UCSB Drag Show: Stylish and Sassy


Jennica Martin

I never expected that I would see Britney Spears and Beyoncé perform on the same night, let alone on the same tiny stage in the Isla Vista Theater. For Pride Week, the Associated Students Queer Commission hosted a drag show on Thursday, April 7, featuring fellow UCSB students, alumni and Derrick Barry, a contestant on the current season of RuPaul’s Drag Race. After waiting nearly 30 minutes in line and getting the very last seat, I thought I was ready for the show, but nothing could’ve prepared me for what I was about to experience.  

From drag queens to drag kings, powerhouse single performances to amazing group-choreographed performances, each act was extraordinary. You would’ve never guessed that these performers were lip-synching, and you’d be floored by the crazy moves they did in heels. The hosts, Miss Olivia Bee and Jenna Suicide, were truly the heart and soul of the show. Even though most of the time they were stalling until the next act was ready, their bits were hilarious.  

The best, most exciting part of the show was undoubtedly Derrick Barry’s Britney Spears impersonations. Barry’s three amazing performances in three beautiful costumes were so convincing that it seemed as though Britney Spears was actually performing on stage.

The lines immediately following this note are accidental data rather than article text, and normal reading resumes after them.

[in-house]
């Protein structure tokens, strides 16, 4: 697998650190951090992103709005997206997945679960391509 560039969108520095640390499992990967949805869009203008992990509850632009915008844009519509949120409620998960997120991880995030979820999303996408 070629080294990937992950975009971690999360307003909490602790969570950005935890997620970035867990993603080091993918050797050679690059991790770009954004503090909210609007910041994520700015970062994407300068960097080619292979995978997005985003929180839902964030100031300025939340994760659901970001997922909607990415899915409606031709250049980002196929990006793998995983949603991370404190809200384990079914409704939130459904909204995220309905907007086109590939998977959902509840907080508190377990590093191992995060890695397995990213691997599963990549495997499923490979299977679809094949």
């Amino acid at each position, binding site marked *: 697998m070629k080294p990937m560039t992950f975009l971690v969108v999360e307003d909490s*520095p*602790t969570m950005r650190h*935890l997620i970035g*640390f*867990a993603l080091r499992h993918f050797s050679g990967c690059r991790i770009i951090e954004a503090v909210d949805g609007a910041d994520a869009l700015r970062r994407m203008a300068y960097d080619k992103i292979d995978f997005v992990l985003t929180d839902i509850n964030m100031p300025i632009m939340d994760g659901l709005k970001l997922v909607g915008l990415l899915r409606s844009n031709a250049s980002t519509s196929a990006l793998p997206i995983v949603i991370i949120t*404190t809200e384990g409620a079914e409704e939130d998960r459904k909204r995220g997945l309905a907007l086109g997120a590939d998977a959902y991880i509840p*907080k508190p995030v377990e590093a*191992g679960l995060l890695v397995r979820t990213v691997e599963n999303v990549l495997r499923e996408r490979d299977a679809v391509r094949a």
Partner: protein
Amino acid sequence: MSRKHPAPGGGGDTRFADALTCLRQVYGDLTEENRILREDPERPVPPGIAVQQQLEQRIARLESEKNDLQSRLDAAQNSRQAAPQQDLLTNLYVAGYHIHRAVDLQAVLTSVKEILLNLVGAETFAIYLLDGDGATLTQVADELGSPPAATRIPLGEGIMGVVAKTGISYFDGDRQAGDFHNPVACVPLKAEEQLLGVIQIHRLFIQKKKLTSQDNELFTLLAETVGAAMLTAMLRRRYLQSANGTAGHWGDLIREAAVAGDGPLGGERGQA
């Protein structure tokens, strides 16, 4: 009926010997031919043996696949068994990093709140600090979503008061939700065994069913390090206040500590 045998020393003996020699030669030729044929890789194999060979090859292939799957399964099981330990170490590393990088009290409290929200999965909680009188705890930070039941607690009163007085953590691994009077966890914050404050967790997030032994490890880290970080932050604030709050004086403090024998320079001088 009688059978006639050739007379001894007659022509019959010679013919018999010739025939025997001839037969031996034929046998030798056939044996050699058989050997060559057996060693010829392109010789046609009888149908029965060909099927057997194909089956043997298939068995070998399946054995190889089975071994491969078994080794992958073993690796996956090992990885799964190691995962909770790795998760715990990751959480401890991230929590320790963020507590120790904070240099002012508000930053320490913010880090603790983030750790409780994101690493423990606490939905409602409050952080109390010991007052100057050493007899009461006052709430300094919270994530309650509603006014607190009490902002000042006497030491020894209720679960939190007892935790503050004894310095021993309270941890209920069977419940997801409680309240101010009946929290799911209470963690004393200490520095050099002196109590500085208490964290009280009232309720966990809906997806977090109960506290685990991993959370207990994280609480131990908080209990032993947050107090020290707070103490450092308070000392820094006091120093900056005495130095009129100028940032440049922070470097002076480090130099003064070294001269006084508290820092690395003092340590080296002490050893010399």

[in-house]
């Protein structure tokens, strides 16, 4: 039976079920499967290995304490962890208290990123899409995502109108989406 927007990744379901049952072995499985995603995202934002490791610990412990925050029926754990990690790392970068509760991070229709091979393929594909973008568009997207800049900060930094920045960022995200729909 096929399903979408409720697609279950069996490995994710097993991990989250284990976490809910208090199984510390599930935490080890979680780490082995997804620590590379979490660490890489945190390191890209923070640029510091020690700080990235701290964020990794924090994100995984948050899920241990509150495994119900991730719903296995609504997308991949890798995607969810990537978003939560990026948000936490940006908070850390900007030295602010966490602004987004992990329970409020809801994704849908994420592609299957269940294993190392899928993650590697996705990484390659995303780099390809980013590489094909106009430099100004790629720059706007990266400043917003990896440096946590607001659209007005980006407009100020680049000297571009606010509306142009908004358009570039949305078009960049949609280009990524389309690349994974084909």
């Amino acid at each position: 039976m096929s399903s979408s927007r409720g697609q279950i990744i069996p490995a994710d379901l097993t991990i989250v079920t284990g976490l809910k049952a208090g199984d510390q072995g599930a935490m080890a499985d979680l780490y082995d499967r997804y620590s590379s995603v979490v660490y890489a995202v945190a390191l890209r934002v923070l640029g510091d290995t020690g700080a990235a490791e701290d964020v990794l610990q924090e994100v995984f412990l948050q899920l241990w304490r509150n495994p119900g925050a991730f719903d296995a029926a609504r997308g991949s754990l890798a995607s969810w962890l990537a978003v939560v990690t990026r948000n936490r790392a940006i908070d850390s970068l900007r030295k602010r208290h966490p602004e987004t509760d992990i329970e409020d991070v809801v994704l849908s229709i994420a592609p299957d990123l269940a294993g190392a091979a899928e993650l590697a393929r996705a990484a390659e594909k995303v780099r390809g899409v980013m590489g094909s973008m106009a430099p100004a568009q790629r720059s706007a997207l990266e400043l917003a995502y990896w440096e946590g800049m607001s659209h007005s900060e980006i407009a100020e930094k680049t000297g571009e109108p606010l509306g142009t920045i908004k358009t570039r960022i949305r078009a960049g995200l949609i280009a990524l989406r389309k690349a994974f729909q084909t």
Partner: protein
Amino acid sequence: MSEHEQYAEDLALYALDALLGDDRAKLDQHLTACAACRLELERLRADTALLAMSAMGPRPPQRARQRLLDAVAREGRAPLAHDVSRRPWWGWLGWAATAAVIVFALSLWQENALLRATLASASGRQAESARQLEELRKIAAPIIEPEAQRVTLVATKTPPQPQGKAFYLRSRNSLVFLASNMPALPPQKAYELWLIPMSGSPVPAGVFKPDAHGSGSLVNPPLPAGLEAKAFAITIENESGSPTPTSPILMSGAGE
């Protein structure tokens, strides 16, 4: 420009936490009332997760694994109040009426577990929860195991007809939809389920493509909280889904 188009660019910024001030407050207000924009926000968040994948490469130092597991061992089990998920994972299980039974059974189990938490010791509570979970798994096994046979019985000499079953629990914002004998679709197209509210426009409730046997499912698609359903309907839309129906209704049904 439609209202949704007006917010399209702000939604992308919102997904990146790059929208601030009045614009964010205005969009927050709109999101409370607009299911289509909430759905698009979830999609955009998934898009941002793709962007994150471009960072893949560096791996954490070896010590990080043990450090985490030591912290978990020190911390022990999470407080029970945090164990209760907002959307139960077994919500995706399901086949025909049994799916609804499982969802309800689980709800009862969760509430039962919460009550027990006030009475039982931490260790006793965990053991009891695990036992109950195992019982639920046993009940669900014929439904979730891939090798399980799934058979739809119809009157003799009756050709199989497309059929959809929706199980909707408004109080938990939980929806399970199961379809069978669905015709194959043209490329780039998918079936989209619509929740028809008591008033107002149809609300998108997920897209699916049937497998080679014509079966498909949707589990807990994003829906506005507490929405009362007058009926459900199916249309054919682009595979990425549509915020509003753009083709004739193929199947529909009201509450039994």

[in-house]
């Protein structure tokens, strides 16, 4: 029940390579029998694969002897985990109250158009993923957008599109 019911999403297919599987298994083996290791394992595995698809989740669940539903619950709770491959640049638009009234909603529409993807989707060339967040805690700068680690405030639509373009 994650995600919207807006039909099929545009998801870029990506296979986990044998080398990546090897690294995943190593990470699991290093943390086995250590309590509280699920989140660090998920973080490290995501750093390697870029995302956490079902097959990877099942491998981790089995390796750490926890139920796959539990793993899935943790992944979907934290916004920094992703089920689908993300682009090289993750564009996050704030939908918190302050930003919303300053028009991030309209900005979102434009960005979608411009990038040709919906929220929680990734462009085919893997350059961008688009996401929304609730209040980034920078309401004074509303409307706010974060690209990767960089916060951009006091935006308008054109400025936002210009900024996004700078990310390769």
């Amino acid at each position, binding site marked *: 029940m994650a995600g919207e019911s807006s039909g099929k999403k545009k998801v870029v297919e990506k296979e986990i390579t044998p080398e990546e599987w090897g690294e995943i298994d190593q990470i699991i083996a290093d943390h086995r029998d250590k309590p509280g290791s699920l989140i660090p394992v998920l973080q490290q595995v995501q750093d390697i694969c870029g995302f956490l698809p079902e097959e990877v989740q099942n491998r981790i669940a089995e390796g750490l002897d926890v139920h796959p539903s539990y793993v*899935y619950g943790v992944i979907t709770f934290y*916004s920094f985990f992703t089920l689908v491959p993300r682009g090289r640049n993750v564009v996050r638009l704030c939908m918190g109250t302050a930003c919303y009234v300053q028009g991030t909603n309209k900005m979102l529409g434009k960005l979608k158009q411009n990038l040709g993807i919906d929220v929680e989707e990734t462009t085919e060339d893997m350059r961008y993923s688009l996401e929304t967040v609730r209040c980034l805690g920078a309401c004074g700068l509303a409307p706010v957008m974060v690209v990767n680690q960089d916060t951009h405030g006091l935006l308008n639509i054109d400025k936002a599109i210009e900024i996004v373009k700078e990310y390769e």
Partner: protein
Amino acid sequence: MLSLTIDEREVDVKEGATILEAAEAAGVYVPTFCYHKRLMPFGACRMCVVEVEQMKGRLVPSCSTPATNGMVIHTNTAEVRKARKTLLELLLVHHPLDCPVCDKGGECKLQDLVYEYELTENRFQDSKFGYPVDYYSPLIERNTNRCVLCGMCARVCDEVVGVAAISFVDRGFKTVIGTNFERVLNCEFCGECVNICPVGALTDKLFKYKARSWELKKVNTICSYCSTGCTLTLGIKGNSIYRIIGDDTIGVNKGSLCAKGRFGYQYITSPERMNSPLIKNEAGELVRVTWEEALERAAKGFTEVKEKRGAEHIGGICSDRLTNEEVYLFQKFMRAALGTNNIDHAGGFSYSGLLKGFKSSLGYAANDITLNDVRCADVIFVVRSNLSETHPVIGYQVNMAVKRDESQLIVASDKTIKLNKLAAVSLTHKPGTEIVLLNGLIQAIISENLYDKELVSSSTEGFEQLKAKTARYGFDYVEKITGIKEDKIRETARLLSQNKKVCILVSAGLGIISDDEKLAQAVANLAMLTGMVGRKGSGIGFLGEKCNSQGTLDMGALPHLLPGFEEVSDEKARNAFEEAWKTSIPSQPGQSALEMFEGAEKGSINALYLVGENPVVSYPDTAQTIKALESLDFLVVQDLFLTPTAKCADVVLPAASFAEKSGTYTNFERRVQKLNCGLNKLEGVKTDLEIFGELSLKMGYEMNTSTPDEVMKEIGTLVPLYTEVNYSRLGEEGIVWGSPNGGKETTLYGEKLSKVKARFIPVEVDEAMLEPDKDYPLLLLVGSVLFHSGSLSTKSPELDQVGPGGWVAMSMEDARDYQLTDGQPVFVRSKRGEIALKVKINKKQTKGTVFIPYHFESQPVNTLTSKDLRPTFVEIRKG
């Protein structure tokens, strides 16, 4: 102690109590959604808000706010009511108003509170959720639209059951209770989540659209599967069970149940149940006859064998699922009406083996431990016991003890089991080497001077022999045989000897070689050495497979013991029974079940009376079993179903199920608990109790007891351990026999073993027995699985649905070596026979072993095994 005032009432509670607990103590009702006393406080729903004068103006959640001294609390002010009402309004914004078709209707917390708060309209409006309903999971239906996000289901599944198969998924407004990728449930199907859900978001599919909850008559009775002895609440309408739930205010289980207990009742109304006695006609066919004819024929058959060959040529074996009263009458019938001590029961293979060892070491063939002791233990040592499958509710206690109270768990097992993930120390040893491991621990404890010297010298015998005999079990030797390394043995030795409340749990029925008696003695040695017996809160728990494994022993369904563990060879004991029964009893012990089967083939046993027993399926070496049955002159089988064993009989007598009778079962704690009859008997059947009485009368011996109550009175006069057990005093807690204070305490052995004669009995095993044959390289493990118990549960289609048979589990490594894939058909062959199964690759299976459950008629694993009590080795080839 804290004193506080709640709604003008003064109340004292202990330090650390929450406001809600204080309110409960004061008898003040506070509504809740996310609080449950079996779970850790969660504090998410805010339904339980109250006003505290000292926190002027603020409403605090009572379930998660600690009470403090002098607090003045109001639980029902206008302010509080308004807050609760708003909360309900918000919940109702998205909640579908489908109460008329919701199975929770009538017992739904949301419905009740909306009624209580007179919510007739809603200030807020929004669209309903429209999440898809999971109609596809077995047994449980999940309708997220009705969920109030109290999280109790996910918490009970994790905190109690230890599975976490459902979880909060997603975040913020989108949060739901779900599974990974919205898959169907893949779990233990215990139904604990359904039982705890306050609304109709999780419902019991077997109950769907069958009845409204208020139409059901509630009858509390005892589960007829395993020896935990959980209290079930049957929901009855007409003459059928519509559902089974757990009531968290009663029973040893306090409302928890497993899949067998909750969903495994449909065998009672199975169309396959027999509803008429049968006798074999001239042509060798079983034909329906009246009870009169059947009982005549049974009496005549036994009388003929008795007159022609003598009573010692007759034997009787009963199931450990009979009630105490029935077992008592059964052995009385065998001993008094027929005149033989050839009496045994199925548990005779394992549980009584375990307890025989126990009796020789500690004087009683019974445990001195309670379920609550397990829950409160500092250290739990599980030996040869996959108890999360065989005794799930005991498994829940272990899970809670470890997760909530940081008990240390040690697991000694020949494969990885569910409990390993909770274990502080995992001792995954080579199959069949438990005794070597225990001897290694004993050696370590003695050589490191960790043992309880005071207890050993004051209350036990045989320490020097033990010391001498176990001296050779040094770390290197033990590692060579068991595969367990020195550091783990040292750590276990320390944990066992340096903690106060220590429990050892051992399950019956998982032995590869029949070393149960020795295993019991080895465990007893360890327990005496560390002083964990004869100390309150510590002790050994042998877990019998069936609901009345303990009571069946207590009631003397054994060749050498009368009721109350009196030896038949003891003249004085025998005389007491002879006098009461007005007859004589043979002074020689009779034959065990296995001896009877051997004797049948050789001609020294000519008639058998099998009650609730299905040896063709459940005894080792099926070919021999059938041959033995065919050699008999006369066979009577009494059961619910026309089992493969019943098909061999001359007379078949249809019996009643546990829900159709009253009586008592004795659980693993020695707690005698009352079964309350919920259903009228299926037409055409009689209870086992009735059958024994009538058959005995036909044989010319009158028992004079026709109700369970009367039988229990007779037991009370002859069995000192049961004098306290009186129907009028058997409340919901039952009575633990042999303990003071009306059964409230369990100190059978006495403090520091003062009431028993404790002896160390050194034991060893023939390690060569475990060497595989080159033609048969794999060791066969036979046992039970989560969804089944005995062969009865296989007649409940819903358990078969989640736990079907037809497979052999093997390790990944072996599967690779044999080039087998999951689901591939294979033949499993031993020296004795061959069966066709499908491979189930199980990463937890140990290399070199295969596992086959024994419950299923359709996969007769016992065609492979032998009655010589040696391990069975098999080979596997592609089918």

There were so many other noteworthy performances, but Vivien Fox’s Beyoncé performance really stood out to me. She strutted down the aisles in pastor robes and then yanked them off to reveal a fierce, fiery red outfit. At some point during the performance, a few audience members ran on stage and pulled off some of their own crazy dance moves. That was only a taste of the amount of enthusiasm the audience had throughout the show. 

I asked Derrick Barry what the best of part of performing was and he said that it was “definitely the audience” — I agree. During every performance, an audience member would go up to stage and hand a few dollars to the performer. Sometimes an audience member would only have to wave their dollars in the air and a queen would go up to their seat and give them a more personal dance.  

The theater was hot, humid and loud, but that energy from the audience was what made the show. After it ended, I was still recovering from what an experience it was, but at the same time, I was considering the importance of this show for the LGBT+ community. When I asked why drag shows were such an important part of pride week, Derrick Barry said, “It requires a lot of pride and confidence to go up and perform. And hopefully we inspire those people who don’t have a lot of pride about their own identity.”  

It’s been a few days since the show ended, but it still resonates in my mind.  If you’re on the fence about whether or not you should attend a drag show, I highly recommend that you do. Not only is it an easy way to support the LGBT+ community, but also it’s a stunning experience that’ll leave your throat sore from cheering and chest hurting from laughter.